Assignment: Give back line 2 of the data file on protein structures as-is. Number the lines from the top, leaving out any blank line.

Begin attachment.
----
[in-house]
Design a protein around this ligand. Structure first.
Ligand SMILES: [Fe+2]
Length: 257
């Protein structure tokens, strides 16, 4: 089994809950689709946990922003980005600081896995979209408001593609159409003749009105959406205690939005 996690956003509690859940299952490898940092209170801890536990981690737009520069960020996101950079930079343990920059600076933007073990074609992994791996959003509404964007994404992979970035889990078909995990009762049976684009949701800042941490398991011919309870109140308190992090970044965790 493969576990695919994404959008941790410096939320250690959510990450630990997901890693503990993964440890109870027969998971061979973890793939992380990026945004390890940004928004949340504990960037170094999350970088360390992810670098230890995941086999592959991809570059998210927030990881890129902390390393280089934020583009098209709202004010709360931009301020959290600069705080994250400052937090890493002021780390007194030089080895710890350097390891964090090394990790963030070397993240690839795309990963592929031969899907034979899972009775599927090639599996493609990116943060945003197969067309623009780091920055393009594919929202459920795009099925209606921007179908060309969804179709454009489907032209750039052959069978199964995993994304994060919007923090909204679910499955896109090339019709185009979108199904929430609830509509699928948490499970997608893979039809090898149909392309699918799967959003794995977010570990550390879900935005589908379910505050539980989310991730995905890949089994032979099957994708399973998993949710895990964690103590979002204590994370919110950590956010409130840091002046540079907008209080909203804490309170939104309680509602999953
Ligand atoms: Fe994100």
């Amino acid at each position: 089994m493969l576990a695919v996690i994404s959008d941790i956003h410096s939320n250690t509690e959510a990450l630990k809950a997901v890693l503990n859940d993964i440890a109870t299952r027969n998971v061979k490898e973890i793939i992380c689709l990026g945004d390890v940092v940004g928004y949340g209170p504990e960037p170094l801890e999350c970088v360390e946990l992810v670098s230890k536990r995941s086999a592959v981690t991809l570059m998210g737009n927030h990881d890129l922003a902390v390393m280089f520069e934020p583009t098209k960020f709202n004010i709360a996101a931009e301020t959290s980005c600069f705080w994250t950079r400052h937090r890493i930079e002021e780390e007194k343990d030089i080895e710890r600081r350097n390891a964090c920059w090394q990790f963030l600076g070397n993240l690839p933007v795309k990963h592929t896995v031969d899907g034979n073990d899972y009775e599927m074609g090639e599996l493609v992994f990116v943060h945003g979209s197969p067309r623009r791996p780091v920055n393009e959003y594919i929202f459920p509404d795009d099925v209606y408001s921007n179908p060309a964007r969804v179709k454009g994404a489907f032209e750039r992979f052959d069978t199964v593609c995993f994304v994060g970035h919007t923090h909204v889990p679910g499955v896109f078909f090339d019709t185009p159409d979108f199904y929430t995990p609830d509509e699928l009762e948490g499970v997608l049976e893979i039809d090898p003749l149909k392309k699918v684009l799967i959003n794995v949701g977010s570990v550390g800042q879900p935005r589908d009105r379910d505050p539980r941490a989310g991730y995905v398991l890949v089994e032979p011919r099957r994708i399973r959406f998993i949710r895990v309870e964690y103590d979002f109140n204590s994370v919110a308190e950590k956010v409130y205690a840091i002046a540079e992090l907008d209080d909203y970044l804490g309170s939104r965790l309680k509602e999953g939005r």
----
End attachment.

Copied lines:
Design a protein around this ligand. Structure first.